New Horizons gets green light to explore beyond Pluto

6 Jul 20165 Shares

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Artist's impression of NASA's New Horizons spacecraft encountering a Pluto-like object in the distant Kuiper Belt. Image via NASA/JHUAPL/SwRI/Alex Parker

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Having sent back a wealth of information about our solar system’s best-known dwarf planet, the New Horizons spacecraft will continue onwards, having now gotten the green light to explore the Edgeworth-Kuiper Belt.

Almost exactly a year ago today, NASA’s New Horizons spacecraft flew past Pluto after a nine-year journey to take thousands of images and scientific readings of the dwarf planet’s surface, giving us a first look at something we had, up to that point, only been able to theorise about.

Despite it being a heralded success, the fact it was only engaged in a flyby – unlike the recent arrival of Juno in Jupiter’s orbit – meant it was feared that funding issues back here on Earth would mean New Horizons was doomed to drift endlessly into space.

Now, however, NASA has confirmed that the mission will continue for years to come, having received the green light to fly onward to an object deeper in the Edgeworth-Kuiper Belt, known as 2014 MU69.

The Edgeworth-Kuiper Belt is the region on the outskirts of our solar system that contains many of the ancient asteroids that were leftover during the formation of our solar system.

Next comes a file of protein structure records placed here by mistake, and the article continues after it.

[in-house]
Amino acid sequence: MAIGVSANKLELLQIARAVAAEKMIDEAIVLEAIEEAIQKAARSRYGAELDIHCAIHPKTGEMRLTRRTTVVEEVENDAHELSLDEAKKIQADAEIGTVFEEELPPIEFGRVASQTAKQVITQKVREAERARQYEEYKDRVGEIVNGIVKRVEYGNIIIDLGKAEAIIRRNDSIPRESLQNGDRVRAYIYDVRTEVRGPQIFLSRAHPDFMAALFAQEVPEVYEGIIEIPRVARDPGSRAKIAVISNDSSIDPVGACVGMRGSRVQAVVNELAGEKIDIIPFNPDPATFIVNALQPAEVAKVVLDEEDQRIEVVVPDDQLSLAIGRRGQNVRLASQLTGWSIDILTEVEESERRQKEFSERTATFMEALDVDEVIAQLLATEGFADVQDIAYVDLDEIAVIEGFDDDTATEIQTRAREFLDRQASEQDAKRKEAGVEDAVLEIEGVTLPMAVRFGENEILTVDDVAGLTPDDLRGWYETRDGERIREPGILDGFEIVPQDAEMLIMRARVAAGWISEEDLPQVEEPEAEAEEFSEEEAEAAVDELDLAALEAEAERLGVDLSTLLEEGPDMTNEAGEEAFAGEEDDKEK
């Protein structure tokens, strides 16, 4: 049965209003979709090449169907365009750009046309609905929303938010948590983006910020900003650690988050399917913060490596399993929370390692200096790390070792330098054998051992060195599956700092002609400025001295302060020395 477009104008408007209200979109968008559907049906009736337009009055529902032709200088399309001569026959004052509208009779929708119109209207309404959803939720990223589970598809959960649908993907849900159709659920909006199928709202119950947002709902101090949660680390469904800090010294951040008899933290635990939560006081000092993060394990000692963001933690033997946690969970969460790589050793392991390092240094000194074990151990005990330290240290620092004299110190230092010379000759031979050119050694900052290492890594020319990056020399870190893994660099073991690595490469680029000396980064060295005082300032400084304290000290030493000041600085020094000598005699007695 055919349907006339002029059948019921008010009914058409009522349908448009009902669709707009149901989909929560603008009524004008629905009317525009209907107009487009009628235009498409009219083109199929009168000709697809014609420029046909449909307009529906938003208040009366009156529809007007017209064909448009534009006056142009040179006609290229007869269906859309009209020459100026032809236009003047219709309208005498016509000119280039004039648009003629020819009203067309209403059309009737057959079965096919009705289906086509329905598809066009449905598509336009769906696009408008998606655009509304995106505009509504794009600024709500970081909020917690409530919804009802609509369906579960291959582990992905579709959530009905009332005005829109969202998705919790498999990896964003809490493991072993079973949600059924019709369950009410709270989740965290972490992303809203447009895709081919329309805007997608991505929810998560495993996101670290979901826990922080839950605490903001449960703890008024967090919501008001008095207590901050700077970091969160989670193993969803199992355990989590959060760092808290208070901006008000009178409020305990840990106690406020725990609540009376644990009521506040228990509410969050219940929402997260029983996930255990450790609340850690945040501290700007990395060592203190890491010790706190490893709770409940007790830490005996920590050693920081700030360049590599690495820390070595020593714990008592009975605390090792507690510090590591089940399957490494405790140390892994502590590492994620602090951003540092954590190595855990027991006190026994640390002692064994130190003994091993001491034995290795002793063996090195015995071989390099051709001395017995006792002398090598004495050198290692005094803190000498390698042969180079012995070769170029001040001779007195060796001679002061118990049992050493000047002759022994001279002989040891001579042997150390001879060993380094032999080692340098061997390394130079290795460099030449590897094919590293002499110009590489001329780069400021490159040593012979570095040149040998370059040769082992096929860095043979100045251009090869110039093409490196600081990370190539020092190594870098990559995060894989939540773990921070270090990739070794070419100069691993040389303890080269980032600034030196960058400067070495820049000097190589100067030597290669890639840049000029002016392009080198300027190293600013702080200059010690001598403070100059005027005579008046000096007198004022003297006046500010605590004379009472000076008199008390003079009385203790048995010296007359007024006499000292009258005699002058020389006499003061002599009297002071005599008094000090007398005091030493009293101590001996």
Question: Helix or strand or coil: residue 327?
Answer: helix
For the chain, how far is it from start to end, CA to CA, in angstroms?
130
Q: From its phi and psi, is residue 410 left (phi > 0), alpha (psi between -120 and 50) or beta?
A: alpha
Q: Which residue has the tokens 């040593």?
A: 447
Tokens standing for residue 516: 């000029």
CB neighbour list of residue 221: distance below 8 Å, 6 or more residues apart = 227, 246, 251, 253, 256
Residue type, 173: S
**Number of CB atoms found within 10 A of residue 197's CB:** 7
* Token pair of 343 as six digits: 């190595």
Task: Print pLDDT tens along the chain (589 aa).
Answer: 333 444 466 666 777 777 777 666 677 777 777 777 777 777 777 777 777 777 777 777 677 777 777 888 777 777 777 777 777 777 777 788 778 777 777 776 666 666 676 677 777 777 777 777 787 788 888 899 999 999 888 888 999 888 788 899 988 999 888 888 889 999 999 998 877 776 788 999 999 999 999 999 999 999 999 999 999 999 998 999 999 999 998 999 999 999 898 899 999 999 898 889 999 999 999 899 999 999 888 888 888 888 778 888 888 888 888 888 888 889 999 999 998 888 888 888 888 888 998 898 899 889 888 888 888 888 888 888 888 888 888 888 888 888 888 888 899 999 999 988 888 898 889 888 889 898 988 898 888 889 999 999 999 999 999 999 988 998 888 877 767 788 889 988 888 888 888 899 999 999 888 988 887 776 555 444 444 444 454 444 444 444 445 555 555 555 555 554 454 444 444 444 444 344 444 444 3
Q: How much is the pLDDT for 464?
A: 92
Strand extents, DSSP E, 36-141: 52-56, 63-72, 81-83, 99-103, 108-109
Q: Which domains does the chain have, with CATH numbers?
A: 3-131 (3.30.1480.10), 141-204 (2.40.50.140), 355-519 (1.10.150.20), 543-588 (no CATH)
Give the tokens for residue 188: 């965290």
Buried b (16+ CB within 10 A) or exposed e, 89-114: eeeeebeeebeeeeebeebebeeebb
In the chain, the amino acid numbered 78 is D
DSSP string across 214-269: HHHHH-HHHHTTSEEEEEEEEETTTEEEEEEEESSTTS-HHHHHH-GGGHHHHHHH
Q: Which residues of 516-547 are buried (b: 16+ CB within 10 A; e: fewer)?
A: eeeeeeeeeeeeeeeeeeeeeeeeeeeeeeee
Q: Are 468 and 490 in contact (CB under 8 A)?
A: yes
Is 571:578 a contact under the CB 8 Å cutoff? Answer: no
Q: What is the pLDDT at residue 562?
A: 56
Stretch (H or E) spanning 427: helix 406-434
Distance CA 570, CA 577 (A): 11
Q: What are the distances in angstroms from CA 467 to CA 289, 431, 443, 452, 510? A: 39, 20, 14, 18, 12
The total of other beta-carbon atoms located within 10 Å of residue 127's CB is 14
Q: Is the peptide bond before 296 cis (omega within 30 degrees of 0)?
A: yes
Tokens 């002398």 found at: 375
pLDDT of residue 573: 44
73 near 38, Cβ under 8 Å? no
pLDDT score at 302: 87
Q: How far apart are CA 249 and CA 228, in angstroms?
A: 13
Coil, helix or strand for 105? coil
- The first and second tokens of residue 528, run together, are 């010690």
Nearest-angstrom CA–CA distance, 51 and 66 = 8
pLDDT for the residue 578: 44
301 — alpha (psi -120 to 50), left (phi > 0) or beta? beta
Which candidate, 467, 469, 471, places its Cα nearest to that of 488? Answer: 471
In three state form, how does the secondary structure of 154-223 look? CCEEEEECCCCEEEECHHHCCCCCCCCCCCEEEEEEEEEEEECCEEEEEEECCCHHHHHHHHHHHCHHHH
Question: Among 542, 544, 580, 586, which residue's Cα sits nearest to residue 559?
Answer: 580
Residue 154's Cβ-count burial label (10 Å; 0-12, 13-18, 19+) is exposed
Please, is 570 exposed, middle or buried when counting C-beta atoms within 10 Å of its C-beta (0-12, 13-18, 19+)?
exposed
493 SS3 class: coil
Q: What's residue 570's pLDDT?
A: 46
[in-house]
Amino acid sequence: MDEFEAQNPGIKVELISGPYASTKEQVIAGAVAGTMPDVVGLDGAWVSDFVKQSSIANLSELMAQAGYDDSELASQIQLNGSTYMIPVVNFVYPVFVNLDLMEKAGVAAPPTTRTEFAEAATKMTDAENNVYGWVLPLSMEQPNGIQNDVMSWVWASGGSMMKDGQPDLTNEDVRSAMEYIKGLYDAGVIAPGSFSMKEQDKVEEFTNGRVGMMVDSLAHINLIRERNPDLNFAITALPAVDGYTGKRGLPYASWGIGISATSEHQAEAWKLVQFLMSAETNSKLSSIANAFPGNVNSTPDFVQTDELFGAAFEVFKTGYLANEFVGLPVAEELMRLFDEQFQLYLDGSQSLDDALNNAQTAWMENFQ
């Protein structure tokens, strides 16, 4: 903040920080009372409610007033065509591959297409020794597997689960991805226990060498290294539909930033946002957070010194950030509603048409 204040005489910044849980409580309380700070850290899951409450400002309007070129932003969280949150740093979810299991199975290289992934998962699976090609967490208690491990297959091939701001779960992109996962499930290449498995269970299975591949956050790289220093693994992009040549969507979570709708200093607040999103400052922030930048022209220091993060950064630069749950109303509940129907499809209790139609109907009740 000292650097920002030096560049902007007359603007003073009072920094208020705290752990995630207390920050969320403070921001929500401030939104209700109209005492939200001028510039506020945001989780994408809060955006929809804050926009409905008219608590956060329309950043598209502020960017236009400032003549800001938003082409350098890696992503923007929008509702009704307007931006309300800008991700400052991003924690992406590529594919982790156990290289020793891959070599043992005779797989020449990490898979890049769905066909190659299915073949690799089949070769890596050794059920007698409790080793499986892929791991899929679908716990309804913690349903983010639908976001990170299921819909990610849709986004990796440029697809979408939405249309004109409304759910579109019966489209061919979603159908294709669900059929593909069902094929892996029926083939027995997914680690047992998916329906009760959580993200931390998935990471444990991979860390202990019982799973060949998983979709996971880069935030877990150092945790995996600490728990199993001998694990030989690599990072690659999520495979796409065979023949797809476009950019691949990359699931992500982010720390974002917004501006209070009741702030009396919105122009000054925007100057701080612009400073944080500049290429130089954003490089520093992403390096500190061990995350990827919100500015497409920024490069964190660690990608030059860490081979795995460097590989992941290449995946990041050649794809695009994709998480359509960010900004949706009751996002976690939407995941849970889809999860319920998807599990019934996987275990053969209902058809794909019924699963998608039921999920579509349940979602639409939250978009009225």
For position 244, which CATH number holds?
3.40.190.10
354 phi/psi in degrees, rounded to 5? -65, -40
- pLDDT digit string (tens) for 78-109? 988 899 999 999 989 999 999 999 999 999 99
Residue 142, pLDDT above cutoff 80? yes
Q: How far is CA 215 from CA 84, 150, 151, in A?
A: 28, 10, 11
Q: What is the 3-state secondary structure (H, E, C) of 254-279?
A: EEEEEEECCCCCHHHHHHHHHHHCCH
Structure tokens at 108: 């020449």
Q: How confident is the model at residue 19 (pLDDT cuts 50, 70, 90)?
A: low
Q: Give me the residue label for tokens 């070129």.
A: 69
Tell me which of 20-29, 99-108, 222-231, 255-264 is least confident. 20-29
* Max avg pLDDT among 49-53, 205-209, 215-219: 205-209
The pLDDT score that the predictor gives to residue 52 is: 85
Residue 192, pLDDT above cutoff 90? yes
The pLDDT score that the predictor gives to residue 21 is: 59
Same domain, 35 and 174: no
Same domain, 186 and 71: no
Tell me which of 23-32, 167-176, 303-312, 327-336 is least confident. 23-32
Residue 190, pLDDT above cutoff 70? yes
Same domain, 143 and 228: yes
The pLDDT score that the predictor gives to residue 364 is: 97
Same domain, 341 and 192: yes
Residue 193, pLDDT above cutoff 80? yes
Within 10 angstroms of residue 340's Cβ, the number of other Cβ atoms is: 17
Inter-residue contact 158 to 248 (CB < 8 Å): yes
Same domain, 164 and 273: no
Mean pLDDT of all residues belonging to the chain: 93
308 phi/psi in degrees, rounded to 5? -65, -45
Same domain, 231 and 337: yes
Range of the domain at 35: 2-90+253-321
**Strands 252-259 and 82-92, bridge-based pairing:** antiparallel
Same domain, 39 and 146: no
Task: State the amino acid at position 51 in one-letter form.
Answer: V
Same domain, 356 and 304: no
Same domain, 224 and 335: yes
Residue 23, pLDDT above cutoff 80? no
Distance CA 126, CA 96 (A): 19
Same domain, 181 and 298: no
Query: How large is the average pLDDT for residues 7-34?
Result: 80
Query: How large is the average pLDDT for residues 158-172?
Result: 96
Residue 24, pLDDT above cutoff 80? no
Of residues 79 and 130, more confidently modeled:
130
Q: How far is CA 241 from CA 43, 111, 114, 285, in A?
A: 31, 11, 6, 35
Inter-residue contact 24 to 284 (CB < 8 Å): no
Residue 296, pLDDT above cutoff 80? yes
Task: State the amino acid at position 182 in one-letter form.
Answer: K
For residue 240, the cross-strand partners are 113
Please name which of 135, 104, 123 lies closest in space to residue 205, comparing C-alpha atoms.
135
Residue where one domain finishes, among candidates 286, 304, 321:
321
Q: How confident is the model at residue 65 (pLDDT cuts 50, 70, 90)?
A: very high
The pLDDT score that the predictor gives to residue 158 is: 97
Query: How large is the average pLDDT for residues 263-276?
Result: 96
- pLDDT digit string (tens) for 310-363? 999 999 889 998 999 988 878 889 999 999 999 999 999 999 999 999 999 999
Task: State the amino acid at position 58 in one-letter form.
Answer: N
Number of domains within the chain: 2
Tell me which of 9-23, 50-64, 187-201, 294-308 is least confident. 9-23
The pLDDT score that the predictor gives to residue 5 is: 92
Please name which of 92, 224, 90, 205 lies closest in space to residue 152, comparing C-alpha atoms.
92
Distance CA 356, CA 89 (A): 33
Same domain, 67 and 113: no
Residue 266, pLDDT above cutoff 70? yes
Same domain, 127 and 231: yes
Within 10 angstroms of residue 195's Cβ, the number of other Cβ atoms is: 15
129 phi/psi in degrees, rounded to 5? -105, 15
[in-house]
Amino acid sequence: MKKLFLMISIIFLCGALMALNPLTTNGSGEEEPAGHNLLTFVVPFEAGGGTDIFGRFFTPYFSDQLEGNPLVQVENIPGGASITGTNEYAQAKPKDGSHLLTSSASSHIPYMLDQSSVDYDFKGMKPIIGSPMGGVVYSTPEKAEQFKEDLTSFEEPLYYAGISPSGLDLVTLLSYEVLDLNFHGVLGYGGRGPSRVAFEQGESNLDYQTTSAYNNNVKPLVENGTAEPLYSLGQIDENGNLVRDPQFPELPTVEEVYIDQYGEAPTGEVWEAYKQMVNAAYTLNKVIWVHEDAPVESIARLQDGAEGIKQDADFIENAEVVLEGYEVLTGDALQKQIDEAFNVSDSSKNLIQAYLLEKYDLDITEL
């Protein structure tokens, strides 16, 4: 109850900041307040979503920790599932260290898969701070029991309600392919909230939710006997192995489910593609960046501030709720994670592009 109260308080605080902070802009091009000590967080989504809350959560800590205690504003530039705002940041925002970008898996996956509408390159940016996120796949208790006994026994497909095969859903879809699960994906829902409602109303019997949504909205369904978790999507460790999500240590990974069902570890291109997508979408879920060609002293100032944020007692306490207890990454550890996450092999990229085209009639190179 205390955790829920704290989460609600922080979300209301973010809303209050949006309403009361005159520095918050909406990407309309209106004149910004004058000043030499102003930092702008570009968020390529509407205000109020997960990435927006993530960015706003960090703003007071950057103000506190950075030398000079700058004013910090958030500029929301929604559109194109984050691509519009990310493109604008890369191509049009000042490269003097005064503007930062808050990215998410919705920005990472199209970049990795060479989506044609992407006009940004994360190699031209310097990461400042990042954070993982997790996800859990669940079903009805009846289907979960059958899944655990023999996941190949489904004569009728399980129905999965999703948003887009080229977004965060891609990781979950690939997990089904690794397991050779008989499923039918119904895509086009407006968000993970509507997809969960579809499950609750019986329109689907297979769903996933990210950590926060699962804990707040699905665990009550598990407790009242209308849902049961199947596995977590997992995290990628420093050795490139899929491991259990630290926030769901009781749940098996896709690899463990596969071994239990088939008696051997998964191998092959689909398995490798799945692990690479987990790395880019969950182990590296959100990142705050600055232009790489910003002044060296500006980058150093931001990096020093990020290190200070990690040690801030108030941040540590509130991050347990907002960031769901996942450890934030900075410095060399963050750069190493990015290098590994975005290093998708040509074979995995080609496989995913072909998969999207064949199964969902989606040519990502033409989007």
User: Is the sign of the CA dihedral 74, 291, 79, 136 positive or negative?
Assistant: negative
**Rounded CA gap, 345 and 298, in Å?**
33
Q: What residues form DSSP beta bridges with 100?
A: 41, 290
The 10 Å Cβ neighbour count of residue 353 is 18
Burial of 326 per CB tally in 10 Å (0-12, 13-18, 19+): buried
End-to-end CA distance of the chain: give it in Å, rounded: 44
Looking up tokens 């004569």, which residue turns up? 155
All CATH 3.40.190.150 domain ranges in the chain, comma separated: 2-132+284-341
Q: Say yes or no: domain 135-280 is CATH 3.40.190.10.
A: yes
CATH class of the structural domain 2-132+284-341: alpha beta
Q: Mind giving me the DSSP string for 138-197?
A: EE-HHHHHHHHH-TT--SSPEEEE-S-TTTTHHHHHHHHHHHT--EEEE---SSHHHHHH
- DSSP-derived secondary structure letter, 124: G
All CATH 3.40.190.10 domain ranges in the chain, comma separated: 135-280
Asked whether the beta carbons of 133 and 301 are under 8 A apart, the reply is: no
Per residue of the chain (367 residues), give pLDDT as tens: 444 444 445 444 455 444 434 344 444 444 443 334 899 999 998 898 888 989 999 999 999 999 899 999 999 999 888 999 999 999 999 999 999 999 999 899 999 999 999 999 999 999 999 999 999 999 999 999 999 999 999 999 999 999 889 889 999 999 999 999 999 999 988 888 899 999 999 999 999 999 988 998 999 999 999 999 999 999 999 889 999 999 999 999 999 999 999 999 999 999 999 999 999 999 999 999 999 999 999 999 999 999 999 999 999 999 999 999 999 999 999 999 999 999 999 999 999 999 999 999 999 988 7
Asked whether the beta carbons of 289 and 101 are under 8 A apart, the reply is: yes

Other spacecraft get greenlight, too

Expected to reach 2014 MU69 on 1 January 2019, New Horizons joins a number of other spacecraft in our solar system that have also received extensions to their missions.

One such extension includes the Dawn spacecraft, which has now been instructed to remain at the dwarf planet Ceres, rather than changing course to the main belt asteroid Adeona.

Similarly, many of the Mars-based craft – such as the Mars Reconnaissance Orbiter (MRO) and both the Opportunity and Curiosity rovers – will continue for at least the next two years, as well as the Lunar Reconnaissance Orbiter (LRO).

“The New Horizons mission to Pluto exceeded our expectations and, even today, the data from the spacecraft continue to surprise,” said NASA’s Director of Planetary Science, Jim Green. “We’re excited to continue onward into the dark depths of the outer solar system to a science target that wasn’t even discovered when the spacecraft launched.”

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Colm Gorey is a journalist with Siliconrepublic.com

editorial@siliconrepublic.com